The recently-updated free Public Member Profile brings these elements together so that anyone who runs across one of the many breadcrumbs you have left on the site can–with a click–see if your research interests match their own. These breadcrumbs could be in the form of a post to a message board, a comment posted to a record, a profile in the Member Directory, or through your online tree.

What’s in a Public Member Profile?

~ Personal Info
You can choose how much or how little you want to reveal about yourself. In my profile, I’ve opted to share mainly information related to my research interests. You can also post your photograph. The photo I’ve chosen isn’t current, but rather, it’s my favorite baby picture. (If you want a good laugh, I posted it with last week’s quote. Click on the image to enlarge it.) For those of you who know me, you’ll note that my personality hasn’t changed much over the years, although thankfully I’ve been able to tame that wispy bit of hair on top of my head.

The profile also lets you add information about your experience in family history, display links to your homepage or blog, and share some of your favorite websites. Continue reading

Album Redux: Questions and Answers, by Maureen Taylor

In May I wrote a column on photo albums to answer some of the questions posed in a previous article. The response to both of those has been a little overwhelming. There were so many questions about family photo albums that I barely know where to begin. I’ll start by addressing specific queries that appeared in the comments section of the blog.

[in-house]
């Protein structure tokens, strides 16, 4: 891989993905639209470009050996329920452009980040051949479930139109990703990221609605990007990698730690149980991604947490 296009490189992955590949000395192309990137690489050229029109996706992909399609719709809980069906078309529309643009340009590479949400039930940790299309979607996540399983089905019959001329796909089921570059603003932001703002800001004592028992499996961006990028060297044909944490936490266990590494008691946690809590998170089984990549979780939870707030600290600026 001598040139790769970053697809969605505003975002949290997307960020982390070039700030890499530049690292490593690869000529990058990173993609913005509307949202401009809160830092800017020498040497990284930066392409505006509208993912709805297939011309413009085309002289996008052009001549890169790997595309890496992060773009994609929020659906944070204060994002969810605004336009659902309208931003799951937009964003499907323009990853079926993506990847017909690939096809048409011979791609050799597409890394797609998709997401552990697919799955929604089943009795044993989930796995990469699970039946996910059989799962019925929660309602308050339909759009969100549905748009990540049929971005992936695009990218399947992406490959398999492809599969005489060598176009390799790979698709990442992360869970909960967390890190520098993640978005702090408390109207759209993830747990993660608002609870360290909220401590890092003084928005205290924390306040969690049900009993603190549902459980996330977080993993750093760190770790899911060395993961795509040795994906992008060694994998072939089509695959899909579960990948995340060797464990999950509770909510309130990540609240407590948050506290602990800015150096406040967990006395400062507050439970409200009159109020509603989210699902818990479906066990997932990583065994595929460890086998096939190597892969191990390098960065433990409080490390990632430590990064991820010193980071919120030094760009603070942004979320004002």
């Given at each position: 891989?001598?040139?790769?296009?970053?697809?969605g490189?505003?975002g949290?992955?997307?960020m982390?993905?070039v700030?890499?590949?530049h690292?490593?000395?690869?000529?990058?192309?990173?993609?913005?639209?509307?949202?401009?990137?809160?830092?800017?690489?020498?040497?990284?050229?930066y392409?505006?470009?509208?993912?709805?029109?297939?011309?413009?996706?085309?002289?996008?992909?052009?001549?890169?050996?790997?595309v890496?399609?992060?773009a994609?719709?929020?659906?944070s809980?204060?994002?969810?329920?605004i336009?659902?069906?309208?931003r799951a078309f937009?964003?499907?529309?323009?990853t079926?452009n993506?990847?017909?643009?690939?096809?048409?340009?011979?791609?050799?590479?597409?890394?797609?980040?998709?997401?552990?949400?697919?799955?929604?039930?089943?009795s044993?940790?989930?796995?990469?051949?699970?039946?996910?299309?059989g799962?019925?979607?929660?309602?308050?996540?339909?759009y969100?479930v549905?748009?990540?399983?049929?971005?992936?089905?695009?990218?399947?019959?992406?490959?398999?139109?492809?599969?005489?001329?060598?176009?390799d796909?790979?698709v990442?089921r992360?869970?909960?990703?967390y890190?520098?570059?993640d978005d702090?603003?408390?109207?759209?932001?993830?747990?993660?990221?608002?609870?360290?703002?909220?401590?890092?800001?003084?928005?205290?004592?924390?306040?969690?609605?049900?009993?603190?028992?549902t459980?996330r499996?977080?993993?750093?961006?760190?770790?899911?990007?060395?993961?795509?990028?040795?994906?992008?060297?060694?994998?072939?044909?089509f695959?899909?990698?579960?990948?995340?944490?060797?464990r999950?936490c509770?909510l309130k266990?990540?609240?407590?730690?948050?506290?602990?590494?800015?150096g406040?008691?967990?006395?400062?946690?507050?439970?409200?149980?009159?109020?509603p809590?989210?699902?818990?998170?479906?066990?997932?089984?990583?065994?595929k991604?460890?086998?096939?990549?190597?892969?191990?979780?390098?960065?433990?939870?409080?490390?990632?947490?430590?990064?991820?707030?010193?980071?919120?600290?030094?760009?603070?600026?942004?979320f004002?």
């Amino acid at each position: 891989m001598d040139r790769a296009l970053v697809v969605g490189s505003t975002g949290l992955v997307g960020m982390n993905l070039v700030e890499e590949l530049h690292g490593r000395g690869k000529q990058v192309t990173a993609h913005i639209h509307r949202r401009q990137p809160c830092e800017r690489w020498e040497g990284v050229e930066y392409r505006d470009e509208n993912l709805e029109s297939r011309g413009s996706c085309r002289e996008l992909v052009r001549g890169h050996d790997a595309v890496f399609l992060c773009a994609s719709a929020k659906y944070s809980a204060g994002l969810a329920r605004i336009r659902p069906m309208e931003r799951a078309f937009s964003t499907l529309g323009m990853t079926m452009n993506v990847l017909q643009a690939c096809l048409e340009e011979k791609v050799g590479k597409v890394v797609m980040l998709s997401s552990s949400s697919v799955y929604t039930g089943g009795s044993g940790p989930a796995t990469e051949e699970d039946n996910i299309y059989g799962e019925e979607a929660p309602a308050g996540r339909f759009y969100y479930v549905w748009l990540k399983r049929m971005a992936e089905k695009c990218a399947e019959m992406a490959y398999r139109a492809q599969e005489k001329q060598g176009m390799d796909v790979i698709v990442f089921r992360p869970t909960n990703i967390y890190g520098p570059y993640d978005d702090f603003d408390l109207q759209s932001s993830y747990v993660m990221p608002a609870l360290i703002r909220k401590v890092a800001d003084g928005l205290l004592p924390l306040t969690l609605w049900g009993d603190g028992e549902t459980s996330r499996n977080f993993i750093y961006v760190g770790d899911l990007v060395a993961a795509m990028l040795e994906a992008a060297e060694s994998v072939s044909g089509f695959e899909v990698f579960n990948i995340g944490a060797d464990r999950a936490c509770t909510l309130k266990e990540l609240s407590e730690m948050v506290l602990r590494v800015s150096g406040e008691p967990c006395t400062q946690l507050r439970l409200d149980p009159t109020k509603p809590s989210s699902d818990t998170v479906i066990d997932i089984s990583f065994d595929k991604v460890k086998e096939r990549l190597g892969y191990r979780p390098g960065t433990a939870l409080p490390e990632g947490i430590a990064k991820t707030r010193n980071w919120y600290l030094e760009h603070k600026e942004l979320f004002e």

Removing Photos from Magnetic Albums
Several folks wrote about using hair dryers to soften the glue on those magnetic (actually glue) pages. While initially that appears to be a good solution, let’s think about it. The golden rule of caring for photos is not to do anything to an image that can’t be undone. Resin-coated photos from the latter half of the twentieth century have surfaces that soften with heat, so by using a hair dryer you’re actually damaging the print. The hot air will soften the surface (or burn it if the setting is too high) then when the heat is removed the surface will once again return to its regular state. Also as soon as the glue begins to melt you start to remove the photo from the album and end up handling the heat softened surface of the print. The two solutions I mentioned–using a microspatula or dental floss–don’t involve changing the chemical properties of a print and are less likely to damage your pictures. Continue reading

Tips from the Pros: Take a Friend to the Cemetery, from George G. Morgan

Although quiet and peaceful in appearance, cemeteries can be dangerous places. Snakes, spiders, open graves, toppling tombstones, and unseen holes–all it is a good idea to take a friend with you when you visit a cemetery. He or she can provide company, help you search for graves, and act as a deterrent to anyone who might wish you harm. In the event of an accident or emergency, your friend can be the difference between life or death by providing first aid or going for help. It is also a good idea to let someone else know where the two of you have gone to conduct your research and to carry your cell phone with you. Safety first.

Click here for a printer friendly version of this article.

Your Quick Tips, 16 June 2008

Check with Embassies
Through my genealogy research, I connected with some second cousins at a Danish castle this past week to celebrate a fiftieth birthday. One of the guests was of Swiss descent and stated that the Swiss Embassy had established a website for Swiss who were researching their roots. I’m not sure how many of these sites exist, but since people have to register with their embassy it might be a research avenue to pursue.

Karen Lakey Continue reading